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YouTube trailblazer Chris Crocker reflects on 'Leave Britney Alone,' 10 years later

Lyndsey Parker
It’s been 10 years since then-Myspace celebrity Chris Crocker posted a tear-filled plea to the world, “Leave Britney Alone,” a legendary moment in the history of the internet that people still talk about today.

Before there was Rebecca Black, Justin Bieber, or David After Dentist, there was Chris Crocker, one of the original YouTube stars. Ten years ago, the bleached-blond Tennessee teen found instant and unlikely fame when a camcorder rant he shot at his grandparents’ house, “Leave Britney Alone” — a sobbing defense of his fallen idol Britney Spears after she was mercilessly blasted in the media for her disastrous MTV Video Music Awards performance — went viral in an era before that term even existed. The clip racked up more than 4 million views in just two days, and as of 2012 that number was 44 million; Crocker’s YouTube channel eventually received more than 255 million views before he closed his account in September 2015.

Now age 29, Crocker has taken to Instagram to commemorate the 10th anniversary of “Leave Britney Alone” and share what he’s learned since posting the controversial clip as an emotional teenager.

(Videos below contain profanity)

“The No. 1 thing would be not to let the things people say about you online get to you,” Crocker begins. “I didn’t know how to deal with it. I knew if I tried to explain to everyone — my mom became homeless that year; my mom got back from Iraq from serving in the war and she had addiction issues; I was dealing with a lot in my family — I knew if I tried to explain that, no one would listen to me. So instead what I decided to do was, ‘Oh, if they think I’m a joke, then I’m going to act like a joke.’ That didn’t help me out in the long run.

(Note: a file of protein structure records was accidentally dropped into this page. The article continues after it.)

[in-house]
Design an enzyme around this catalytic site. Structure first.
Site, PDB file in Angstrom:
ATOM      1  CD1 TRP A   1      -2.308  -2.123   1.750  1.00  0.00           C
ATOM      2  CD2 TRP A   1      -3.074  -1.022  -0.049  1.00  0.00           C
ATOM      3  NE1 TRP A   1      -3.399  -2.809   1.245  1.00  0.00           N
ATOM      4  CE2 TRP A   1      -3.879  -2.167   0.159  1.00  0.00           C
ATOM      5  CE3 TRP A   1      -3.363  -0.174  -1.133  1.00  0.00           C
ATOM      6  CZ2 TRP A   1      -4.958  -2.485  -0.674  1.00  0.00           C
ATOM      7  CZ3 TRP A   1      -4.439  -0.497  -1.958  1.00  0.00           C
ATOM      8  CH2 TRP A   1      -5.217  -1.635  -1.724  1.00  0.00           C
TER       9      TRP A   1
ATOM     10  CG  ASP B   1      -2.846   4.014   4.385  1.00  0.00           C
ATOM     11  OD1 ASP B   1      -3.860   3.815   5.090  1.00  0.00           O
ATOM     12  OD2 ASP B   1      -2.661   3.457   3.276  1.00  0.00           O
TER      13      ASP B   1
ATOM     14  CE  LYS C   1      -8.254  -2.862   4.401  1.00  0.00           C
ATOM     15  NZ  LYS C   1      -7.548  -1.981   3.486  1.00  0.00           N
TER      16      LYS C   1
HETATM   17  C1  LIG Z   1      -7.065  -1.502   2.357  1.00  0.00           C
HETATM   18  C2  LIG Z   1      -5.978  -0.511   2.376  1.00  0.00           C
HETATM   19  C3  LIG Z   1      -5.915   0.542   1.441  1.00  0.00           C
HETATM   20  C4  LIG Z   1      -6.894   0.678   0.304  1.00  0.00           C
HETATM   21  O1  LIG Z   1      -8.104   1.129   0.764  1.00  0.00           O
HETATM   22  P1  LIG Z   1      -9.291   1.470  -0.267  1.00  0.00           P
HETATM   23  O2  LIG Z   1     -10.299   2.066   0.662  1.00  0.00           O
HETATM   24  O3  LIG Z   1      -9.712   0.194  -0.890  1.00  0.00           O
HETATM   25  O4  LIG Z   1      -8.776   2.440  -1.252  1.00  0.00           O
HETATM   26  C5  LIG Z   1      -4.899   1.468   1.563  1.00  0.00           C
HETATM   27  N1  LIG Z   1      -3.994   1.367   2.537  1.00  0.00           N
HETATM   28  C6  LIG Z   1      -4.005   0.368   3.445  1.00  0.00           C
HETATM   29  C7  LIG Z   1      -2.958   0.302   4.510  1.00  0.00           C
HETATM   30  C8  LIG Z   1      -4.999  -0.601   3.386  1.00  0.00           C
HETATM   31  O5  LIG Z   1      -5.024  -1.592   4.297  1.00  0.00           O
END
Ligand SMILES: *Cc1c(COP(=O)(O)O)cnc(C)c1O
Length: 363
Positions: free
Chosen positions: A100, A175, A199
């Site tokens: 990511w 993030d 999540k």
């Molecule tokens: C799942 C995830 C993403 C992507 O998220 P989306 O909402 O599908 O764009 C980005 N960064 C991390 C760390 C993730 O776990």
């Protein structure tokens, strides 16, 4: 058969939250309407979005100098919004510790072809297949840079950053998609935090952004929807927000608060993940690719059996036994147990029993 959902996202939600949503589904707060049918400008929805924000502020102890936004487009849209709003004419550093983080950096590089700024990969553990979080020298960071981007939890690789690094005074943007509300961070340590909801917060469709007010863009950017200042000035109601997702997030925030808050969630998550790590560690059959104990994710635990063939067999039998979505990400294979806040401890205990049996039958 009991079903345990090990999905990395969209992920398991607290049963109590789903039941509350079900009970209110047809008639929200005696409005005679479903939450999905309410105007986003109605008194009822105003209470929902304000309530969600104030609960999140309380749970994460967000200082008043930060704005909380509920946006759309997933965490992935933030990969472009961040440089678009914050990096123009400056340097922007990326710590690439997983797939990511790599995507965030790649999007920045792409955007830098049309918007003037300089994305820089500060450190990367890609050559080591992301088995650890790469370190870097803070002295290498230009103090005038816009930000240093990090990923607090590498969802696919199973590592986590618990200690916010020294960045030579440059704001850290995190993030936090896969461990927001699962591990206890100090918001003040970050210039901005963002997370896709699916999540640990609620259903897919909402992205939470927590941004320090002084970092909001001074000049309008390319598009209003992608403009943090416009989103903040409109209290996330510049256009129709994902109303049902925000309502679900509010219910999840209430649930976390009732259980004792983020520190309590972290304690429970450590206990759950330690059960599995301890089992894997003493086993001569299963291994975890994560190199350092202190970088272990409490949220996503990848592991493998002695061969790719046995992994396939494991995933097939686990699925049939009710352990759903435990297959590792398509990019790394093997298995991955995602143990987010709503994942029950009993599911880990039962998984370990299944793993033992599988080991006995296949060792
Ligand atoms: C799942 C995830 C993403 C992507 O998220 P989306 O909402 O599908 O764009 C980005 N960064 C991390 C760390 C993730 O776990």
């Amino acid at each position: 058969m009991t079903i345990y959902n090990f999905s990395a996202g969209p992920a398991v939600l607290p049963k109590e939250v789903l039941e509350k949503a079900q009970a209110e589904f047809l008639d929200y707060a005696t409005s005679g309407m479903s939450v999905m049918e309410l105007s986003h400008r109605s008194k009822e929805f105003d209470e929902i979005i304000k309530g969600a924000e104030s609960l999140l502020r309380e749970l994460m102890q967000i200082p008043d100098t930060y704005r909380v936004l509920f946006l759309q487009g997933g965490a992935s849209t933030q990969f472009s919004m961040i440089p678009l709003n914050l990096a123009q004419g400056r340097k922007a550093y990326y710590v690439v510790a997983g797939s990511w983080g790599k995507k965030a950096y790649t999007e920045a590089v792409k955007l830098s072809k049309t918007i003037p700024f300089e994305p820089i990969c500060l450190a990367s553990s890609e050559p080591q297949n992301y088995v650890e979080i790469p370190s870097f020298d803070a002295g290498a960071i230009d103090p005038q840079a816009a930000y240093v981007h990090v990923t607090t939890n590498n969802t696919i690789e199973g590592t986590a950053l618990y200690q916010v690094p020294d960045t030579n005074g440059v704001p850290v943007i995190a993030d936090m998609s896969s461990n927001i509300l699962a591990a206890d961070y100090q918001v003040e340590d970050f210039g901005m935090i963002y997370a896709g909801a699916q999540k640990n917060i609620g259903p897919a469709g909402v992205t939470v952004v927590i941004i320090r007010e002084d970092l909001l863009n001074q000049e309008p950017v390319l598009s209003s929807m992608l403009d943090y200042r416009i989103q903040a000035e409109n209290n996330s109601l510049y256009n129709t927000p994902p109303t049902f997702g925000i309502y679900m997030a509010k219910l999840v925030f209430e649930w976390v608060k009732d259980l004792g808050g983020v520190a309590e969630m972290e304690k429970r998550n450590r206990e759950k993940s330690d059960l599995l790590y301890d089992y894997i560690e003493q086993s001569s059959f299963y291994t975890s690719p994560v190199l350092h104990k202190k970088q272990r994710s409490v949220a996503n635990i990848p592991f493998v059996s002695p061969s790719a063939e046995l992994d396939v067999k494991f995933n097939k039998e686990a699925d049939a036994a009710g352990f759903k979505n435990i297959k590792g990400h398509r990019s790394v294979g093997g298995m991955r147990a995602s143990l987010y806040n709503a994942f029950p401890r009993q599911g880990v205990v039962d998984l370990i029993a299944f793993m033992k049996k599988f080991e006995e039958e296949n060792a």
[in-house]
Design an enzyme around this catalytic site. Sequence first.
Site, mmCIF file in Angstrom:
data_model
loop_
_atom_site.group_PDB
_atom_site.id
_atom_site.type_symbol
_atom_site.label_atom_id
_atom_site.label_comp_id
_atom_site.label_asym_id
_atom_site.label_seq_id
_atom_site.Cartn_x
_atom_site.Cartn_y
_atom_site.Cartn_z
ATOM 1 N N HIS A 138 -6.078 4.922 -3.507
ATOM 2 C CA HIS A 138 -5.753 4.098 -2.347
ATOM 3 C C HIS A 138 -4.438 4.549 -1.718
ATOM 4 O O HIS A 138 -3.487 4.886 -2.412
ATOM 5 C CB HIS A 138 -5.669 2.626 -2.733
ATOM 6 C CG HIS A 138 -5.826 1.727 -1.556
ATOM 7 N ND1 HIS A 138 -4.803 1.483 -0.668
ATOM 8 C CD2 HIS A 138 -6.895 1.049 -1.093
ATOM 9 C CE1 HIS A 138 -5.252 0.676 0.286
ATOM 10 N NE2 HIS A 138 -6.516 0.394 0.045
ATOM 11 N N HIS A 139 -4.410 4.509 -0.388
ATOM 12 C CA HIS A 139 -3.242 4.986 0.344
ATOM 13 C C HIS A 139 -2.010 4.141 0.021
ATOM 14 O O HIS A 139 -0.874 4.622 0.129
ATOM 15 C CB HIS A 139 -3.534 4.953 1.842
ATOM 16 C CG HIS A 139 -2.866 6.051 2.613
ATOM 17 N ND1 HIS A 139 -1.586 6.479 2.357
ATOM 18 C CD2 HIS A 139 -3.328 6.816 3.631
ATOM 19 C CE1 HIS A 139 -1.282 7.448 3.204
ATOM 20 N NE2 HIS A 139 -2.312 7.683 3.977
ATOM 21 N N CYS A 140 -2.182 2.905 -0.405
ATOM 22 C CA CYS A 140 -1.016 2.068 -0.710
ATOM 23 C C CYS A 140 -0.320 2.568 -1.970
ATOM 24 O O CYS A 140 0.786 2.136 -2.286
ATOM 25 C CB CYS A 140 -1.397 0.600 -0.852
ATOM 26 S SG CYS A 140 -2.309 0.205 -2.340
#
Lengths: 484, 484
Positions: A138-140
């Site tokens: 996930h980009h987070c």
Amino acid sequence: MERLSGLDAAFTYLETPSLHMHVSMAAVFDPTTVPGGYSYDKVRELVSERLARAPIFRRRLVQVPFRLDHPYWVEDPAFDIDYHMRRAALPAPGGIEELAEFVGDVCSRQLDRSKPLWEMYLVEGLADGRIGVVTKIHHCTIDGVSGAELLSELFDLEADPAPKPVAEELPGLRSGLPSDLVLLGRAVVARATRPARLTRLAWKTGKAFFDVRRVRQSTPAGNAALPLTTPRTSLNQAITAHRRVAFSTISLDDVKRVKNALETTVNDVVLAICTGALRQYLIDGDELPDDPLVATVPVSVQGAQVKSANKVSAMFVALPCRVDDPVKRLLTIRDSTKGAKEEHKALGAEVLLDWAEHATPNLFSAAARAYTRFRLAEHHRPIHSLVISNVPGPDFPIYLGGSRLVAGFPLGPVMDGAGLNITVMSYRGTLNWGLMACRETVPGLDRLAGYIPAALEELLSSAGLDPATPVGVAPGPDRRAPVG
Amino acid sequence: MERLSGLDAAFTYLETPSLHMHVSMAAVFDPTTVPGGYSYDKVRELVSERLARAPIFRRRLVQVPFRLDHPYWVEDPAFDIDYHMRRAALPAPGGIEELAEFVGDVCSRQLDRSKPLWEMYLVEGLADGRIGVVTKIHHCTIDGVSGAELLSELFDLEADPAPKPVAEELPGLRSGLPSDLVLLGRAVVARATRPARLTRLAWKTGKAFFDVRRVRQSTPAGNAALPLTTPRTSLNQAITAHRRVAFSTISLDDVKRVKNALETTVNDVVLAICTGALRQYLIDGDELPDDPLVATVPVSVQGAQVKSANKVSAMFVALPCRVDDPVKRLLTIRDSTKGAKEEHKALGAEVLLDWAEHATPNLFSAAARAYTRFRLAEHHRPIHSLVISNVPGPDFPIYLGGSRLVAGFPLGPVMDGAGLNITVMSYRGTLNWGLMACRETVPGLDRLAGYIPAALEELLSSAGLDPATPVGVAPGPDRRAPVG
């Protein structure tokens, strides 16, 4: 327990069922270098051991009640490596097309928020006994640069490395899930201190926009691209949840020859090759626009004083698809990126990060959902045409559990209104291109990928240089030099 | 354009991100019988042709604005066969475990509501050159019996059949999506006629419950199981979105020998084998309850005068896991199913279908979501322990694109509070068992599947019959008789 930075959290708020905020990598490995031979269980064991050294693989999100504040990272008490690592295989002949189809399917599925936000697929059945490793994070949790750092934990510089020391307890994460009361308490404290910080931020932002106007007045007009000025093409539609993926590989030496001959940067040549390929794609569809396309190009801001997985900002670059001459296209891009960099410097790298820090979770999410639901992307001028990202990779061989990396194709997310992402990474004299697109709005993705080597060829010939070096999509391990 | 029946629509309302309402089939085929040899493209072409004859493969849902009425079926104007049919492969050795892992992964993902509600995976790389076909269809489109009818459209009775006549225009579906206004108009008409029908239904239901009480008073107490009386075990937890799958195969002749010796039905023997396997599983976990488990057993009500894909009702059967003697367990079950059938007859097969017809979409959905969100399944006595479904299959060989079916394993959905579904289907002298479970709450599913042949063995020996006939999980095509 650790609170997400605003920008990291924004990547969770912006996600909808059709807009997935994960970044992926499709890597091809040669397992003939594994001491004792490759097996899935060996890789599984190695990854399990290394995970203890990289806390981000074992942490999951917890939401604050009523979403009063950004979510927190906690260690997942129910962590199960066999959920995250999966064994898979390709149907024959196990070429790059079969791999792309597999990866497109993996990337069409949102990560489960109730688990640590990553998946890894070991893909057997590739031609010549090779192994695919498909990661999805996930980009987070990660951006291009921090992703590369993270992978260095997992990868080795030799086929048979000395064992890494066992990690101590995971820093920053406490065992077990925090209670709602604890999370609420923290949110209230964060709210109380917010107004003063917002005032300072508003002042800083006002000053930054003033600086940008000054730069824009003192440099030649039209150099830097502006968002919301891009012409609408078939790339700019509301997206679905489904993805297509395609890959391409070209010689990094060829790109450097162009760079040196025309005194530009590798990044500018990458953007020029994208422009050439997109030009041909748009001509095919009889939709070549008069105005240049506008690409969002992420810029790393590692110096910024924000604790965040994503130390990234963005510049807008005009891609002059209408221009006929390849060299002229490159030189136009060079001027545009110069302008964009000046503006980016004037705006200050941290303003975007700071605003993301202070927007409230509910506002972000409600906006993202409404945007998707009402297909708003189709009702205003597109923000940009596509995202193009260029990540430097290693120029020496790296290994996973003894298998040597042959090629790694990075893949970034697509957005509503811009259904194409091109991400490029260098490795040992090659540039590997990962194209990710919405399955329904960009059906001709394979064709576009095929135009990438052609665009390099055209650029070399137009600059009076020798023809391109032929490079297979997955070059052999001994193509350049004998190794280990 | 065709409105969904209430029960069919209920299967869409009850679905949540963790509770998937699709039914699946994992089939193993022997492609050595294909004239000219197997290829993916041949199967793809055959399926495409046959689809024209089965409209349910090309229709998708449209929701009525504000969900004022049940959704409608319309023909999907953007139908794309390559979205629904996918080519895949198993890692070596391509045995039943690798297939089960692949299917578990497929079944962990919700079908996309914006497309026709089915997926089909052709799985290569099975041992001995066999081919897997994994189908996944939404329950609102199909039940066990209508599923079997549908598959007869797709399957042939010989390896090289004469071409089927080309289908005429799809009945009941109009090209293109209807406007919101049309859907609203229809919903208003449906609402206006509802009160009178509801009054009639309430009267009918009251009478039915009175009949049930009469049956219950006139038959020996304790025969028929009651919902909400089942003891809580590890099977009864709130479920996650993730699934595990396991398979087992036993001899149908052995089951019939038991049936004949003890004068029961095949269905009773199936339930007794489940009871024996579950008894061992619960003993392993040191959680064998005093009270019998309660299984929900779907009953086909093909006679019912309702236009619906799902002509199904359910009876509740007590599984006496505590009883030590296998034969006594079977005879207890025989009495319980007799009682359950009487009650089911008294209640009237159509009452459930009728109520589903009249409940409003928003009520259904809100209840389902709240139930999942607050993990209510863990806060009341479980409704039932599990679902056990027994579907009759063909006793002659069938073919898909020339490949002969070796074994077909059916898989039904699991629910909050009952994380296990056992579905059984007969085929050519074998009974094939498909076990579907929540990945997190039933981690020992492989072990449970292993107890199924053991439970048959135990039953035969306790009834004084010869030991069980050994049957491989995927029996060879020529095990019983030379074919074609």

“No. 2 is don’t let the words other people say about you define you. No. 3, I think that we forget sometimes that the things we post online can last for a long time — here we are, 10 years later, still talking about this — so definitely be cautious when you post things. And No. 4: Let the haters kick f***ing rocks, man!”

But there is more to Chris Crocker than just those two minutes and 12 seconds of online infamy. Throughout the 2000s he did the talk-show circuit; pursued careers in both electropop music and porn; shifted his online profile to social media (he currently has 249,000 followers on Twitter and 769,000 on Instagram); and played himself in Weezer’s Grammy-winning “Pork and Beans” music video. Most notably, however, in 2012 Crocker was the subject of a critically acclaimed documentary, Me @ the Zoo. “I think I saw some of my younger mom in Britney when I was a kid,” he said in the film.

Me @ the Zoo, which was executive-produced by R.E.M.’s Michael Stipe and chronicled Crocker’s troubled upbringing as the effeminate, frequently bullied son of a meth-addicted teen mom, established Crocker as an early spokesperson for the anti-bullying movement. In one scene, Crocker — who stopped going to school during his junior high years to avoid daily bullying for being “overtly gay” and basically became a teenage shut-in from that point on, living with his paternal grandparents — explained that he posted videos on MySpace and YouTube as a “way of defending myself against the people in my hometown without having to fight back physically.”

At the time, many naysayers questioned why a documentarian would want to create an entire film about some “D-list” web star, but now, in an age when almost everyone lives online, bullying is a hotter topic than ever, and Spears is enjoying her own comeback, Crocker’s story truly resonates. As Me @ the Zoo co-director Valerie Veatch told HBO: “In some ways [Crocker is] the first gay person online to express an aggressive, confident persona that I think so many young kids look to and model themselves after. On one level, he’s extremely entertaining and has a great aesthetic. And on another level, he’s a very brave person. And I think his bravery and his honesty are what people are drawn to.”

In another new online post this week, Crocker reflects: “The truth is and always was about standing up for someone and not standing idly by when you see someone hurt by others. In the 10 years since this video, a lot of LGBTQ YouTubers are celebrated for who they are. I often wonder if I had started videos later, if I would’ve been treated differently. But what I will say is this: Even if I got a public beating for standing up for what is right: I’m happy I did. And I’ll always love @britneyspears.”